Author and CFEC guest blogger:
“Employment Projections are forecasts of future employment levels for industries and occupations in Florida. The Long-term Employment Projections program provides estimates of current and projected employment by industry and occupation for eight years into the future. The projections also include rankings of the fast-growing industries and occupations in Florida. These data are produced for the state, Workforce Regions, and counties with employment greater than 100,000. Geographic Coverage: Statewide, Workforce Regions, and large counties. Frequency: Annually”
This information is provided by the Florida Department of Opportunity, and can be obtained by visiting http://www.floridajobs.org/labor-market-information/data-center/statistical-programs/employment-projections
Employment Projections Data
• 2015-2023 Projections Statewide or by Workforce Region
• 2015-2023 Projections for Largest & Single Counties
By Guest Blooger: Jessica Mattison, JobFinderUSA
Getting the Most Out of a Career Fair
The effectiveness of a career fair is often debated. Some paint them as a huge waste of time, while others swear by them. If you simply show up and expect to land a job based strictly upon your mere presence and winning personality, you’ll fall into the first group. Like most things in life, job fairs take hard work and a lot of preparation. If you are willing to put forth the effort, a career fair can become a truly valuable job finding tool.
Think of a career fair as one big interview. Just as you would if you were being called into a company’s office, you need to be prepared and do your research. Most often, a list of companies that will be in attendance can be obtained. Take this list and research any and all companies you are interested in. Look at their company website and social media pages. Make a list of notes and rank each company based upon which you would like to work for most. Your time is limited at a career fair and you want to make sure you visit with the right companies.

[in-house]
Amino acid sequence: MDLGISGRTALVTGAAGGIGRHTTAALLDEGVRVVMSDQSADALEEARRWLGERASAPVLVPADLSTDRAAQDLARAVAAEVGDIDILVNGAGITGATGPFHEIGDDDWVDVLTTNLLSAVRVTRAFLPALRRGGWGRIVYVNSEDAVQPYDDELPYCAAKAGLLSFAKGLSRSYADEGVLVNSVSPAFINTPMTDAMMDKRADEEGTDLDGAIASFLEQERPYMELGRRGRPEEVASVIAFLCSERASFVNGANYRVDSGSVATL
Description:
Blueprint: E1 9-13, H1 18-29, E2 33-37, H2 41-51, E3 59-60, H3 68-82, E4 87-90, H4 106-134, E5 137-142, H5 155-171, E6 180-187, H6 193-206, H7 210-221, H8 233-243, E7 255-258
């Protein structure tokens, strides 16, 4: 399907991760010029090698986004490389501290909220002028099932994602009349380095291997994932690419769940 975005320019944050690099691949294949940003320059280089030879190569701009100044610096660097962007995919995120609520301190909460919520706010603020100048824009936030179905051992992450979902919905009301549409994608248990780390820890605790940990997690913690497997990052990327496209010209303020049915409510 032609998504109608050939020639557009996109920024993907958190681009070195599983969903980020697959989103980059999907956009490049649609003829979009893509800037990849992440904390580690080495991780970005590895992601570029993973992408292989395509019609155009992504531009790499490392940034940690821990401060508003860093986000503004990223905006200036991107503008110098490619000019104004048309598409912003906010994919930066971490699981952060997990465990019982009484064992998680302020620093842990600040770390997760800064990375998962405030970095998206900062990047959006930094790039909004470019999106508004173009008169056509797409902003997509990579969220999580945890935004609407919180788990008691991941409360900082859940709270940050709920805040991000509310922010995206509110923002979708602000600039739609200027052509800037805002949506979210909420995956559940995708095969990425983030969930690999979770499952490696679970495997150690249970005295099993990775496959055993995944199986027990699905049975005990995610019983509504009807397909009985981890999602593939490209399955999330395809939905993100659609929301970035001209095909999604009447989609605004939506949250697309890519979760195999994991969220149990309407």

Take this time to customize your resume and cover letter to match with the culture of each company you plan to visit. Also, have some generic ones on hand in case you come across a company that you had not originally planned for. You might even want to have your own business cards printed. They should include your name, desired position, and contact information. They don’t need to be anything fancy, just make sure it looks clean and professional.
Compiling a list of questions you might want to ask each business is also a good idea. Include some blanket questions that can be asked of any industry as well as some more specific ones for companies you have taken the time to research.
You should also dress the part. Make sure you look neat, clean, and professional with your clothes pressed and stain-free. Your best bet is to wear a dress suit of some kind. As a general rule, it is better to be overdressed than underdressed.